If you’ve ever been to the Fethiye region of Turkey (or other pine forested areas of Mediterranean Turkey), you will no doubt have noticed the seemingly endless pine forests clinging to the hillsides. And adorning these pine trees, you’ve probably also noticed balls of white ‘fluff’ dangling from the higher branches.
We’ve always been curious about what they are – it was obvious they were some kind of nest for creepy crawlies but we just weren’t sure which. And then last Spring, we did the trek from Fethiye to Kayaköy with some Turkish friends and one of them pointed up to all the cotton balls in the pine trees. ‘These are caterpillar nests and they’re killing all the pine forests in Turkey.’ Well, that wasn’t really the news we wanted to hear on a sunny spring afternoon! I put it to the back of my mind and enjoyed the rest of our hike, promising myself to do a bit more research on these little creatures.
I did manage to find a PDF showing results of a significant scientific study and it appears to suggest that, while the pine trees definitely suffer from the presence of the processionary caterpillar (the growth of the tree is stunted), the forest recovers more quickly than the caterpillar destroys. Obviously, it is still a serious pest throughout the pine forests of the Mediterranean and other nearby areas.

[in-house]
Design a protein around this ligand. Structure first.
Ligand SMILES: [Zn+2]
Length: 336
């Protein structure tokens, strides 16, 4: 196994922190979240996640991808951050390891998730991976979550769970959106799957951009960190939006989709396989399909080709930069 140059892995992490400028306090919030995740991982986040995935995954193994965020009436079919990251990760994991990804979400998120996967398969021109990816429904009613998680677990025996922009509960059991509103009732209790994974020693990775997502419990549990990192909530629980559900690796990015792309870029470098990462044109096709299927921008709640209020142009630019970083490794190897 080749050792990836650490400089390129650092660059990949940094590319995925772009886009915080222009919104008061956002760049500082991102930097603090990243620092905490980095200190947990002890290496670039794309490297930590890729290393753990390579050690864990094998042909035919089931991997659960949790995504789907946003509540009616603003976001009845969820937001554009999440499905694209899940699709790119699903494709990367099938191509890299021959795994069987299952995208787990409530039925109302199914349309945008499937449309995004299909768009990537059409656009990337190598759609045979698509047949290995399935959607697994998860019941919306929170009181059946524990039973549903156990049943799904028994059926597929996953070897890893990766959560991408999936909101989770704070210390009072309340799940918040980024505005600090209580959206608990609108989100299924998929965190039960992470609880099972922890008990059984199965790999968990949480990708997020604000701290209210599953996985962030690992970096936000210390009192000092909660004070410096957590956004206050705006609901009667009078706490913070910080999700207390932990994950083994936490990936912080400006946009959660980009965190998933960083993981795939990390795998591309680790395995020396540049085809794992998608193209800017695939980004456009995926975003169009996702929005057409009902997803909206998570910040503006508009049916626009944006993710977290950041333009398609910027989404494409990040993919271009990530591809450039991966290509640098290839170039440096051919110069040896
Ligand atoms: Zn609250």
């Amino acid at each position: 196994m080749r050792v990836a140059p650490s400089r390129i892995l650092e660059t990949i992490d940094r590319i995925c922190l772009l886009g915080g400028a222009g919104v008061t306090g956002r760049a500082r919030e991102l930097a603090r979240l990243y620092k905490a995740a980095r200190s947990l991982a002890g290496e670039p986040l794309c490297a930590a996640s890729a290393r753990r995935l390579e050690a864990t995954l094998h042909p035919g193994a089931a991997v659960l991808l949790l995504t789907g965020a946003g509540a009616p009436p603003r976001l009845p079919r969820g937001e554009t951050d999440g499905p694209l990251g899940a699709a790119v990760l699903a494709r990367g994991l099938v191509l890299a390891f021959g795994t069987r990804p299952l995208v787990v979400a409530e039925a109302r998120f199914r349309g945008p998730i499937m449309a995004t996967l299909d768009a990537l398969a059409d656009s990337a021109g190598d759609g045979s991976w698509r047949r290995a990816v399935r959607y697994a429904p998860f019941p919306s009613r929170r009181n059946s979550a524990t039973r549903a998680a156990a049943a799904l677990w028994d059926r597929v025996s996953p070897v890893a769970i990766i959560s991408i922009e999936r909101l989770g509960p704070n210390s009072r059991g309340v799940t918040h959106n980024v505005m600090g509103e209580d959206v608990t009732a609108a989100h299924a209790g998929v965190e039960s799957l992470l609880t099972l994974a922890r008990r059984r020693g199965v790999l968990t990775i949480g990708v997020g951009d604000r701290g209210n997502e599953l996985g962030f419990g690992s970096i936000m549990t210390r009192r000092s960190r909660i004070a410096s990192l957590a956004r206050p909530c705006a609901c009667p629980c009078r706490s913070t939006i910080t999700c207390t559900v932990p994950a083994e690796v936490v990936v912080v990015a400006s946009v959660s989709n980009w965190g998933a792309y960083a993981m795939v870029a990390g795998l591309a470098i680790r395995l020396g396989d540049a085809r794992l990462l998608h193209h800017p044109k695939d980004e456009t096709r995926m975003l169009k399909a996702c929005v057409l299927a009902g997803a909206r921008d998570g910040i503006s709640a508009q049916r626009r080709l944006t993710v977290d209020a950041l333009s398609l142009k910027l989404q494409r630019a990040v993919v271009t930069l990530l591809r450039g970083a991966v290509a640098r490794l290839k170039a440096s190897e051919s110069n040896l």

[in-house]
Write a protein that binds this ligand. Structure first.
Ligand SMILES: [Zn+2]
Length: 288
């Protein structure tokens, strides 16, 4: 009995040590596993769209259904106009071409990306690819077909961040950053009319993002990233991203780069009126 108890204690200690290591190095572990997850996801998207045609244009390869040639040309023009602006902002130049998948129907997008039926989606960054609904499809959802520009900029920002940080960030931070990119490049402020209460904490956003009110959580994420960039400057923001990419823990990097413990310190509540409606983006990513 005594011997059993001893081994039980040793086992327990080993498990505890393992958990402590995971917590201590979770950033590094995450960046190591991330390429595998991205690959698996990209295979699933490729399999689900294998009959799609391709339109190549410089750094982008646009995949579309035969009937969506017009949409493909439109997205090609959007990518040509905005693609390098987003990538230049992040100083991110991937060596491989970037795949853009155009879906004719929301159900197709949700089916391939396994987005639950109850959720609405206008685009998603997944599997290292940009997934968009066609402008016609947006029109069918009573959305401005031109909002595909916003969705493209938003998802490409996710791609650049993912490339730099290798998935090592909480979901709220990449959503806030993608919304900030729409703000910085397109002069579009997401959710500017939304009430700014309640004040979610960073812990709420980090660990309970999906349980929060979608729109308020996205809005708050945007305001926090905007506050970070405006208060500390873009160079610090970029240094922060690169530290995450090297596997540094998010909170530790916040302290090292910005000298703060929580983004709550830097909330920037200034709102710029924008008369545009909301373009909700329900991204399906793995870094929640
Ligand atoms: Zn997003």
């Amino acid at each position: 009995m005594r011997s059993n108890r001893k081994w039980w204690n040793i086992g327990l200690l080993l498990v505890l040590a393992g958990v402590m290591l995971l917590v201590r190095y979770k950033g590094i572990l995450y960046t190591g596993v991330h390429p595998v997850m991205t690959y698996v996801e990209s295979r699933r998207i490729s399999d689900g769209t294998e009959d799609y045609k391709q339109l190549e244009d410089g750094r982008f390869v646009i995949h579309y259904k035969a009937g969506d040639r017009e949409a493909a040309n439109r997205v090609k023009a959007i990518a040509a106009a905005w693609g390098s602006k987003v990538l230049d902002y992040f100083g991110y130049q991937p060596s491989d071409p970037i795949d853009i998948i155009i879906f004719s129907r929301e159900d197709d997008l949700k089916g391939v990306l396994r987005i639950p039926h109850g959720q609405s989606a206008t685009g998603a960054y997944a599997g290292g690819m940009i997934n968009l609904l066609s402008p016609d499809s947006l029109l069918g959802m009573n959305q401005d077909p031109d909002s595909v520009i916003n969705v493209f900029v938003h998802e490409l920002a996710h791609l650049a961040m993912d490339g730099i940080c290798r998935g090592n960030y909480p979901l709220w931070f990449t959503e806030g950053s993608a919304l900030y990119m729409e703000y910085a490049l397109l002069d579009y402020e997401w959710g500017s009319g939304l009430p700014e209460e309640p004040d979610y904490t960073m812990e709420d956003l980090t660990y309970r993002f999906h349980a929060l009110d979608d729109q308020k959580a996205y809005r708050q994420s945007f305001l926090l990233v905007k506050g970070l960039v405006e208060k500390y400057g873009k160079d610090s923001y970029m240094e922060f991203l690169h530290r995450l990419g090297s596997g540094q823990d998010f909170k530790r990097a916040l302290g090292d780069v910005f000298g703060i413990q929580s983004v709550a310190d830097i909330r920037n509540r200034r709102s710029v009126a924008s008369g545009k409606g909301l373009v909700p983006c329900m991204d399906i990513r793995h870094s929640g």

Further research revealed – and if I knew this before, I don’t think I would have been brave enough to get up close and personal with these little specimens on the hill in Koca Çalış! – that the hairs on the processionary caterpillar are urticating hairs. I admit, I had to look this one up. I had no idea what urticating meant…
Well it means their hairs can sting you. We’re not trying to scare everyone here. I used to be terrified of all that crawls and flies but as you can see from the above photos, I am getting more brave. But, we decided to do this this post as we do write about trekking in Fethiye and this is perhaps something to bear in mind for trekkers hiking through forested areas.The caterpillars are usually high up in the trees, away from harm but they do come down from the trees (in procession – hence the name) usually in later winter / early Spring. Children and curious dogs could have an allergic reaction if they come into contact with them. There is more information on this website.
If you’re reading this and wondering what happened to the happy, positive Turkey’s for Life blog, we’re still here! We’re happy, positive trekkers and want everyone else to be, too. Awareness of what’s going on around us is important – and also interesting, as we’re starting to find out.